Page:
Quebec provincial police officers agree to take off controversial red bands
Symbol worn by SQ officers had been viewed as ‘intimidation and provocation’ by Indigenous leaders
Sûreté du Québec officers will remove a controversial symbol they were wearing on their uniform, which several Indigenous leaders described as being "divisive" and "intimidating," Radio-Canada has learned.
Officers started wearing the red bands on their vests with the number 144 — the number of the Val-d'Or detachment — in a show of support for their colleagues who were suspended following an investigation into the mistreatment of Indigenous women in 2015.
The investigation into allegations of mistreatment did not lead to any criminal charges against the eight officers, who then filed grievances against their employer.
According to Radio-Canada's sources, both parties reached an out-of-court agreement in the past week.
Act of provocation
Guy Lapointe, spokesperson for the SQ, said the agreement will remain confidential, but did include a provision requiring all officers to take off the red bands.
"We're happy to see this finally come to an end," Lapointe said.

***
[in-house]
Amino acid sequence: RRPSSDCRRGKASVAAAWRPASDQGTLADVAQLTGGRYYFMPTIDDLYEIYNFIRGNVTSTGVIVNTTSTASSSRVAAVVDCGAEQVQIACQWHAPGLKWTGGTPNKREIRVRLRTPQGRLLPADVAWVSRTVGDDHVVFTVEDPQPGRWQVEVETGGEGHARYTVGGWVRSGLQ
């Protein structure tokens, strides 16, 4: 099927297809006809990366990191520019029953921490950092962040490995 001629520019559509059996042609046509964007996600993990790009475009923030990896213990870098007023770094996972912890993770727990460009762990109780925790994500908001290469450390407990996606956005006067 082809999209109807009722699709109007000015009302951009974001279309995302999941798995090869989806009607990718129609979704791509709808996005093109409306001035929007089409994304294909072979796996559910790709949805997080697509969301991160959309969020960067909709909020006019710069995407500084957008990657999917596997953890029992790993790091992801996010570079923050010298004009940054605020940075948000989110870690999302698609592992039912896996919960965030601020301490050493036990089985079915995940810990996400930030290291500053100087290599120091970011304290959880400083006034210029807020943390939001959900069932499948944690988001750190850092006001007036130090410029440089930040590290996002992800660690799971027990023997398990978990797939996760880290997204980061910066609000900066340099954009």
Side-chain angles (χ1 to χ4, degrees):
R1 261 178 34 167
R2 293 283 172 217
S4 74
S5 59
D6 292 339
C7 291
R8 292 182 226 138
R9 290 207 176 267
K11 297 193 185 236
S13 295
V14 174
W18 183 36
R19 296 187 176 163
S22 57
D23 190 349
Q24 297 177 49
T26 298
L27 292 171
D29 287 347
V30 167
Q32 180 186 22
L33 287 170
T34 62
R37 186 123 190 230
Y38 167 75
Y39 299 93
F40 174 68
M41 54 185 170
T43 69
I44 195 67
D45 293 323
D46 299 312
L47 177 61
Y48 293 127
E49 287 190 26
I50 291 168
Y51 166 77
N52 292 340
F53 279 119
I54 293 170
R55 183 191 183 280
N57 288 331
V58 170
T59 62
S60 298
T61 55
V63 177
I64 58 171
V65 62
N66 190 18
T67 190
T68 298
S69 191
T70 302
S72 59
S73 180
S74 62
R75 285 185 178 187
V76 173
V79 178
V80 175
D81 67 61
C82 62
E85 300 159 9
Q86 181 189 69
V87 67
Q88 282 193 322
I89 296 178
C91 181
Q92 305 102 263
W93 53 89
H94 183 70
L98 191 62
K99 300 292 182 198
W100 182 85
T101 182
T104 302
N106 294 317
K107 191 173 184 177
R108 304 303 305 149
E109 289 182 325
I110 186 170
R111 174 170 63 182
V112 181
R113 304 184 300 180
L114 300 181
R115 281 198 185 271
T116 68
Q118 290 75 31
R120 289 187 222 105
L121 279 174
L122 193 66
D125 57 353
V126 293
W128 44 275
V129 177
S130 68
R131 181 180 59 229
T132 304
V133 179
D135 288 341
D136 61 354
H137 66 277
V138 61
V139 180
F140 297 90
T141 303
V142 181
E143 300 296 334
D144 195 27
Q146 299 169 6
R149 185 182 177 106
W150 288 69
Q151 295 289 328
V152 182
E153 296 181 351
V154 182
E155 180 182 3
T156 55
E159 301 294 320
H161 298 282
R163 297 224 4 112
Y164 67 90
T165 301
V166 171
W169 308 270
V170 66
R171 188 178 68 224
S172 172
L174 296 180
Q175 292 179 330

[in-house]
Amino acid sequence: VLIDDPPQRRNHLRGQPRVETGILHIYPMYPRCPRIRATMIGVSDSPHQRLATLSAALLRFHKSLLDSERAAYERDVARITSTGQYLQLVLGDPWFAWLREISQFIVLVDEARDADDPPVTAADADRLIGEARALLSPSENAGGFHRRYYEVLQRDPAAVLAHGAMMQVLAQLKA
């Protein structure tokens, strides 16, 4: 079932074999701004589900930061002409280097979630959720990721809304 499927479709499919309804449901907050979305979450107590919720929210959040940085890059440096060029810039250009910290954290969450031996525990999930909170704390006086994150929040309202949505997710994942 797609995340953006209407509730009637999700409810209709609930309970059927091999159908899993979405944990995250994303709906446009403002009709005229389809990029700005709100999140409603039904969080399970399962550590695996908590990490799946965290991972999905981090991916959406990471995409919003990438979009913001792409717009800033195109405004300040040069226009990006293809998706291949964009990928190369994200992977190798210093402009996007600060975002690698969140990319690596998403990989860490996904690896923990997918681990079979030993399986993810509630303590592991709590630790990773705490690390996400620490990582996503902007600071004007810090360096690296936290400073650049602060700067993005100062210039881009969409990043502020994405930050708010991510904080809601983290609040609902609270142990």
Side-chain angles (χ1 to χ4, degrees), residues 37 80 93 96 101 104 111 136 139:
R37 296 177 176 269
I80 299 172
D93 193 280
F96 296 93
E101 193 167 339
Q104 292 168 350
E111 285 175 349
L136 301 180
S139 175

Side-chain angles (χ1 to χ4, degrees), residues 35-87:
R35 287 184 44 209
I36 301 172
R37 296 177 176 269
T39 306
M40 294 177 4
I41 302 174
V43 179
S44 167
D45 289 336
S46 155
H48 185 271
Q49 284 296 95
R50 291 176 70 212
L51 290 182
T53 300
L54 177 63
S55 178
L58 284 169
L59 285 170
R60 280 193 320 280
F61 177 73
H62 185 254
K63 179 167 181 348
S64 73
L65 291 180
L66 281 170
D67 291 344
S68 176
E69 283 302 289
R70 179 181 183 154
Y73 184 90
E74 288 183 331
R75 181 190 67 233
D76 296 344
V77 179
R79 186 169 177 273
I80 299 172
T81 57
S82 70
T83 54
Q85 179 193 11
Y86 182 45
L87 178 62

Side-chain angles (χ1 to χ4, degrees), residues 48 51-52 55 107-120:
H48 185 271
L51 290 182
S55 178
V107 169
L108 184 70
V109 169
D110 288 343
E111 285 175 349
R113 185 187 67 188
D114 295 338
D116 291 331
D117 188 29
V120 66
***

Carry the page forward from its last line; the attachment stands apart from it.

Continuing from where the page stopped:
Over the past few months, several Indigenous leaders have called on the SQ to intervene and demand their employees remove the so-called solidarity bands.
Ghislain Picard, the Quebec regional chief of the Assembly of First Nations, called the initiative "very offensive. It's really provocation."
Michèle Audette, a commissioner with the inquiry into murdered and missing Indigenous women and girls (MMIWG), said she heard first-hand how the red bands worsened the already strained relations between aboriginal people and police.
"They don't want to call 911, or they don't want to get involved with the police because the trust is not there anymore," said Audette in September.
'Step in the right direction'
Adrienne Jérôme is the chief of Lac-Simon, an Anishnabe community 40 kilometres east of Val-d'Or.
During her testimony at Quebec's inquiry into the treatment of Indigenous people, she described how the trust between residents and police had been broken.
Justice Jacques Viens, who is presiding over the commission, has expressed several times his desire that the bands be removed.
Seeing that happen, Jérôme said, will help rebuild connections between community and police.
"We saw it as confrontation, even if they said it meant something else, for us it was a symbol of police brutality," Jérôme said. "But now, it is proof there is a process of reconciliation that is beginning, and also of respect with police."
The executive director of the Val-d'Or Native Friendship Centre, Édith Cloutier, said the red bands were getting in the way of efforts to improve relations.
"This is a decision that will open up that door, and is a step in the right direction," she said.
Based on a report from Radio-Canada's Jean-Marc Belzile